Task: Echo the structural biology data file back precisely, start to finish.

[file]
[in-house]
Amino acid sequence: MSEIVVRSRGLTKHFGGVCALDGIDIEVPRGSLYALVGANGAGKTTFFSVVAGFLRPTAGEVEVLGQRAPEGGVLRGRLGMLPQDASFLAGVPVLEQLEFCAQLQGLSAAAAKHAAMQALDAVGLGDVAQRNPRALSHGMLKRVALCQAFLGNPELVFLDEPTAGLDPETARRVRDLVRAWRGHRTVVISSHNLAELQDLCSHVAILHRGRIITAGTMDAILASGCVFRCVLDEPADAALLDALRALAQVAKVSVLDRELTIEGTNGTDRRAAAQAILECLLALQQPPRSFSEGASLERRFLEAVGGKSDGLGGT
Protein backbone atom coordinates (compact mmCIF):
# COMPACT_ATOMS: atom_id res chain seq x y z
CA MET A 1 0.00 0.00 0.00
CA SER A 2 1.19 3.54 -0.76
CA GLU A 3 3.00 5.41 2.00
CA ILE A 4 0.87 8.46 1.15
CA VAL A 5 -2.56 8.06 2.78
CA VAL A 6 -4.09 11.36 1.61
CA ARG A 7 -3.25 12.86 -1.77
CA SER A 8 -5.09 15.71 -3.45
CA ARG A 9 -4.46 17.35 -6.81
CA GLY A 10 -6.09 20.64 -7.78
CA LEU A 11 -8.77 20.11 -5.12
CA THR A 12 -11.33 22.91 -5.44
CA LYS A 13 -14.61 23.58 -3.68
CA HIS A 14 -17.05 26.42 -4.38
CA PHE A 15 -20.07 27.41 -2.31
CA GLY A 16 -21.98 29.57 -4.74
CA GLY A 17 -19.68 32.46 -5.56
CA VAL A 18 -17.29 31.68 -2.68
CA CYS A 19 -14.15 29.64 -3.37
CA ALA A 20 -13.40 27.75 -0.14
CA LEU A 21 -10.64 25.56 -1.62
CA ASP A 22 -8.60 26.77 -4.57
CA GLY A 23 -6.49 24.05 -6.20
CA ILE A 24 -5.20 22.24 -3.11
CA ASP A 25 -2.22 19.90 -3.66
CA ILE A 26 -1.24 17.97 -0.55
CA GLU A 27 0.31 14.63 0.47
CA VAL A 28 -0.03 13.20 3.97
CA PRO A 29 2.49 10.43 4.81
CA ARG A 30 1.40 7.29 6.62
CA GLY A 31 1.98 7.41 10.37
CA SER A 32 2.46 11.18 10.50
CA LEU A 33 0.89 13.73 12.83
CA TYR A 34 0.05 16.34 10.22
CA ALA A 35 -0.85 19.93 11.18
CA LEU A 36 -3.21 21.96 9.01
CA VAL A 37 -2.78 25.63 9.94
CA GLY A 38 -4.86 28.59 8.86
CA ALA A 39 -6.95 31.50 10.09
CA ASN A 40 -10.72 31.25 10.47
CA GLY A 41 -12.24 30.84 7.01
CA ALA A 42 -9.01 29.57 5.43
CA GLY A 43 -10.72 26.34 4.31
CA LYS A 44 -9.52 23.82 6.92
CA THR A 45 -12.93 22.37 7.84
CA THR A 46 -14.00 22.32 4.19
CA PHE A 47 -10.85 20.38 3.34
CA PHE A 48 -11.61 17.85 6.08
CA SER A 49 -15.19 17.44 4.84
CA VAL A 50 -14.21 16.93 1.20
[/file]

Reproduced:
[in-house]
Amino acid sequence: MSEIVVRSRGLTKHFGGVCALDGIDIEVPRGSLYALVGANGAGKTTFFSVVAGFLRPTAGEVEVLGQRAPEGGVLRGRLGMLPQDASFLAGVPVLEQLEFCAQLQGLSAAAAKHAAMQALDAVGLGDVAQRNPRALSHGMLKRVALCQAFLGNPELVFLDEPTAGLDPETARRVRDLVRAWRGHRTVVISSHNLAELQDLCSHVAILHRGRIITAGTMDAILASGCVFRCVLDEPADAALLDALRALAQVAKVSVLDRELTIEGTNGTDRRAAAQAILECLLALQQPPRSFSEGASLERRFLEAVGGKSDGLGGT
Protein backbone atom coordinates (compact mmCIF):
# COMPACT_ATOMS: atom_id res chain seq x y z
CA MET A 1 0.00 0.00 0.00
CA SER A 2 1.19 3.54 -0.76
CA GLU A 3 3.00 5.41 2.00
CA ILE A 4 0.87 8.46 1.15
CA VAL A 5 -2.56 8.06 2.78
CA VAL A 6 -4.09 11.36 1.61
CA ARG A 7 -3.25 12.86 -1.77
CA SER A 8 -5.09 15.71 -3.45
CA ARG A 9 -4.46 17.35 -6.81
CA GLY A 10 -6.09 20.64 -7.78
CA LEU A 11 -8.77 20.11 -5.12
CA THR A 12 -11.33 22.91 -5.44
CA LYS A 13 -14.61 23.58 -3.68
CA HIS A 14 -17.05 26.42 -4.38
CA PHE A 15 -20.07 27.41 -2.31
CA GLY A 16 -21.98 29.57 -4.74
CA GLY A 17 -19.68 32.46 -5.56
CA VAL A 18 -17.29 31.68 -2.68
CA CYS A 19 -14.15 29.64 -3.37
CA ALA A 20 -13.40 27.75 -0.14
CA LEU A 21 -10.64 25.56 -1.62
CA ASP A 22 -8.60 26.77 -4.57
CA GLY A 23 -6.49 24.05 -6.20
CA ILE A 24 -5.20 22.24 -3.11
CA ASP A 25 -2.22 19.90 -3.66
CA ILE A 26 -1.24 17.97 -0.55
CA GLU A 27 0.31 14.63 0.47
CA VAL A 28 -0.03 13.20 3.97
CA PRO A 29 2.49 10.43 4.81
CA ARG A 30 1.40 7.29 6.62
CA GLY A 31 1.98 7.41 10.37
CA SER A 32 2.46 11.18 10.50
CA LEU A 33 0.89 13.73 12.83
CA TYR A 34 0.05 16.34 10.22
CA ALA A 35 -0.85 19.93 11.18
CA LEU A 36 -3.21 21.96 9.01
CA VAL A 37 -2.78 25.63 9.94
CA GLY A 38 -4.86 28.59 8.86
CA ALA A 39 -6.95 31.50 10.09
CA ASN A 40 -10.72 31.25 10.47
CA GLY A 41 -12.24 30.84 7.01
CA ALA A 42 -9.01 29.57 5.43
CA GLY A 43 -10.72 26.34 4.31
CA LYS A 44 -9.52 23.82 6.92
CA THR A 45 -12.93 22.37 7.84
CA THR A 46 -14.00 22.32 4.19
CA PHE A 47 -10.85 20.38 3.34
CA PHE A 48 -11.61 17.85 6.08
CA SER A 49 -15.19 17.44 4.84
CA VAL A 50 -14.21 16.93 1.20